Homeland Security Secretary Michael Chertoff said proposals to scan all import containers remind him of "old Soviet-style heavy regulation -- lots of visible people in uniforms, lots of visible mandates from government, all of which are designed to assure that the people who own and operate the infrastructure are protecting you."
Speaking Friday at the Brookings Institution, Chertoff reiterated his contention that scan-all proposals are a poor way to improve cargo security. Congress voted last year to require Homeland Security by 2012 to scan 100 percent of all cargo on ships going to United States seaports.
Chertoff criticized what he described a "20th-century command-and-control approach" that "takes a view that takes the position that the federal government really should pull the laboring oar in reducing vulnerabilities to all of our critical infrastructure and protecting the public.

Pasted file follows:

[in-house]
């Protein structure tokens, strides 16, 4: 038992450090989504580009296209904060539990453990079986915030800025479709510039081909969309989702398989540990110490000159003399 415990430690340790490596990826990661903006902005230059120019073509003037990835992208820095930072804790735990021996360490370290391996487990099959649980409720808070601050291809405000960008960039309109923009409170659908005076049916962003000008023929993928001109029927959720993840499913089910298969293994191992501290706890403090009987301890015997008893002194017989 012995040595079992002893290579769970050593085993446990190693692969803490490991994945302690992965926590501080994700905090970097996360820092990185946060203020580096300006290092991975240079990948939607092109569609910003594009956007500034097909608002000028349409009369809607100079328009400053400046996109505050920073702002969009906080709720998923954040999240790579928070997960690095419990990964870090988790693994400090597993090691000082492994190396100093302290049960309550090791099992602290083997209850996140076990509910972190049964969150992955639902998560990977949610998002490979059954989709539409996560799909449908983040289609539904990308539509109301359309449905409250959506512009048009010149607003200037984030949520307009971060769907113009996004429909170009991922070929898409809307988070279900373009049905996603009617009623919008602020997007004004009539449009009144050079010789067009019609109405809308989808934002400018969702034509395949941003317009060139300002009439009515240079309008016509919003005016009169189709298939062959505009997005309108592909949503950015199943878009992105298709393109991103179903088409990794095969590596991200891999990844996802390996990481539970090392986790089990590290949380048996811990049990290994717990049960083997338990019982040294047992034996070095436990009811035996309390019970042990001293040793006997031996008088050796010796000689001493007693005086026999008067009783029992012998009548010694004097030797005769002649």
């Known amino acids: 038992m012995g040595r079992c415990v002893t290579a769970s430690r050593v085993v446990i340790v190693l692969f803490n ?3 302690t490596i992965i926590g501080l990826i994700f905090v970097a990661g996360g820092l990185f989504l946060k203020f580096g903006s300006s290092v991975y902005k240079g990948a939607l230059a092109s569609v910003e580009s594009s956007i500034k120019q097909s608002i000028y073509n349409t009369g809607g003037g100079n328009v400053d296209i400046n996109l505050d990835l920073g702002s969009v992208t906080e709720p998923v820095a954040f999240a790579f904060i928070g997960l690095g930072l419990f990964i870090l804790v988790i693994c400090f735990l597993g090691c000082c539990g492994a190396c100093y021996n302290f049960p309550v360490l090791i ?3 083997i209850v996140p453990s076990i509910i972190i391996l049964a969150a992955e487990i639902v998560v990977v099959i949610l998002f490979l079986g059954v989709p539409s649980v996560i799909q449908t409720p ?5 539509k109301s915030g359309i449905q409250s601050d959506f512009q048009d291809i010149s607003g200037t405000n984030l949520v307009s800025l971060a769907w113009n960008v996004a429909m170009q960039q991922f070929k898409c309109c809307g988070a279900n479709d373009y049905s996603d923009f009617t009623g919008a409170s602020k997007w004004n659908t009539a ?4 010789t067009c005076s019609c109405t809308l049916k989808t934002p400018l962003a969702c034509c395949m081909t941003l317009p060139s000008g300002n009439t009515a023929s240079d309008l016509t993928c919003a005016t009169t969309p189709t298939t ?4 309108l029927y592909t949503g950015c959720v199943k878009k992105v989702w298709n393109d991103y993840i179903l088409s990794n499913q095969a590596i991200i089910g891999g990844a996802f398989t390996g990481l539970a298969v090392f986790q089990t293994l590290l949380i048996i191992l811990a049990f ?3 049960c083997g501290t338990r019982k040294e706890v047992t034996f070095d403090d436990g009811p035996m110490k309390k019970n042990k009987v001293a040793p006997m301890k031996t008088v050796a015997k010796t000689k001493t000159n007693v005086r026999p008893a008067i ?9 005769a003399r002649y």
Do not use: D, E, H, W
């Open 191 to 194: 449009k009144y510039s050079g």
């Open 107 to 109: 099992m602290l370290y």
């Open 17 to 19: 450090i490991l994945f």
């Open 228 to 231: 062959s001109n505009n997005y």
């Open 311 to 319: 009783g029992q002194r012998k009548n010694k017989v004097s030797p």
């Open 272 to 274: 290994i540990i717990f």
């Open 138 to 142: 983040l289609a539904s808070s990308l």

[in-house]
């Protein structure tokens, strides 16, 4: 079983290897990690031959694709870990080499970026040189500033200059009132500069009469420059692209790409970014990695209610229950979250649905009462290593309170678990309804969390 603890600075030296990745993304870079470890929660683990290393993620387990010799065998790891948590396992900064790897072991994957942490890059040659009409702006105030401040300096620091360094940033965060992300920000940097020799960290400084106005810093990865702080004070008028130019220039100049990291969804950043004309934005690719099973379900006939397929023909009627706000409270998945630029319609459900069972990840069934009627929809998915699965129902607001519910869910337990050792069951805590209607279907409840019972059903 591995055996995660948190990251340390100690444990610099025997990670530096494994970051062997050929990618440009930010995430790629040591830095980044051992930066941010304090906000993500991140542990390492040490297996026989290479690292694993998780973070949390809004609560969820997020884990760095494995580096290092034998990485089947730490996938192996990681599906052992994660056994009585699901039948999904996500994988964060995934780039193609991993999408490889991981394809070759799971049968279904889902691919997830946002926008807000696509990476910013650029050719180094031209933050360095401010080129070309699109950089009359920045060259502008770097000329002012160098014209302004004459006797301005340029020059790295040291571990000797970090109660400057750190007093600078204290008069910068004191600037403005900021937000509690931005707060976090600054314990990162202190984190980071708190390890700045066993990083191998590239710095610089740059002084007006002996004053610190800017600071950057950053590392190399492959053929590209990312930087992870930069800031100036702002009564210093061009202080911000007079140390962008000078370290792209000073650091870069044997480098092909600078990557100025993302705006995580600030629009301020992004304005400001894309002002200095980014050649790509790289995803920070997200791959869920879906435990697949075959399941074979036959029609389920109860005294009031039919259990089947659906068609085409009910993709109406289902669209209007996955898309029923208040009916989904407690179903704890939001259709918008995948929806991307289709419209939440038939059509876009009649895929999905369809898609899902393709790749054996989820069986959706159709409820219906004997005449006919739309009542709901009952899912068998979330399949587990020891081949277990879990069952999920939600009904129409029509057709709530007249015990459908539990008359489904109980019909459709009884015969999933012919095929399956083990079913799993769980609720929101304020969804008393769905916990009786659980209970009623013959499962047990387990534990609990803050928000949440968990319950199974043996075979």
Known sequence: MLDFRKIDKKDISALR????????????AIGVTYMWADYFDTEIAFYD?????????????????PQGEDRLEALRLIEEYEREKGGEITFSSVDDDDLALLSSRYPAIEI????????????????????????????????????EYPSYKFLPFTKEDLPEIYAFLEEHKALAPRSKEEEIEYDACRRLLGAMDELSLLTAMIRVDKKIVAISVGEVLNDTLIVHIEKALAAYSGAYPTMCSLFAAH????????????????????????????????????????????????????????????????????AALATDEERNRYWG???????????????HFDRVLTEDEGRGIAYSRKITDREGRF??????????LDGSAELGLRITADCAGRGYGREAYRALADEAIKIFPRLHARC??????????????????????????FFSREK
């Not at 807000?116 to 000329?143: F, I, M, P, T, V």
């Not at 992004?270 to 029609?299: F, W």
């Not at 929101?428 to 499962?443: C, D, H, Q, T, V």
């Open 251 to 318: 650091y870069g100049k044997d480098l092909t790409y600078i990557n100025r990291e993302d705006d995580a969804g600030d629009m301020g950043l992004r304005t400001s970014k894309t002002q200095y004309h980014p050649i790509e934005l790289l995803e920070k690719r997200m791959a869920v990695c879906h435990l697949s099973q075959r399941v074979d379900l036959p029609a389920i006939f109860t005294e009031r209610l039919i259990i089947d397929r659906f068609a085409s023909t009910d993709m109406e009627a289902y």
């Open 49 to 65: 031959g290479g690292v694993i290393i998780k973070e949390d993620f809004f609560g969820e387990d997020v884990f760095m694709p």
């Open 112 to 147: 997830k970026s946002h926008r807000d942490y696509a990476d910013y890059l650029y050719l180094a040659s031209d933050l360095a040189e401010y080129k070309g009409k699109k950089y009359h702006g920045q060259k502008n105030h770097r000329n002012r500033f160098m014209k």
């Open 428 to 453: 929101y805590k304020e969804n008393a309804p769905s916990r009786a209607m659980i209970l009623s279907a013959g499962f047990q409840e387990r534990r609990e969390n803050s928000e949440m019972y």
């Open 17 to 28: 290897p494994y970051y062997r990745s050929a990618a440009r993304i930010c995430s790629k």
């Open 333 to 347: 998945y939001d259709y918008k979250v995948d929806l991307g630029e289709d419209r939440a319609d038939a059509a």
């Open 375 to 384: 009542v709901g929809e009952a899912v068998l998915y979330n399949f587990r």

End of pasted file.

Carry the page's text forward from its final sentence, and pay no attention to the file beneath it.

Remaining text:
He said Homeland Security and Customs and Border Protection are committed to "a 21st-century partnership approach, which attempts to apply risk-based standards to evaluate where the true danger lies with respect to our container supply chain," and that enlists the cooperation of businesses that recognize security is in their self-interest.
"This approach to reducing vulnerability is focused on cooperation and stakeholder input," Chertoff said. "It's based on the recognition that most businesses are very keenly aware of their personal incentive to maintain security and to protect their own assets and employees.
"The fact is that the government...does not need to order people to protect assets when the people themselves place great value on the assets. What we have to do is...to help them do the job they have a natural incentive to carry out themselves."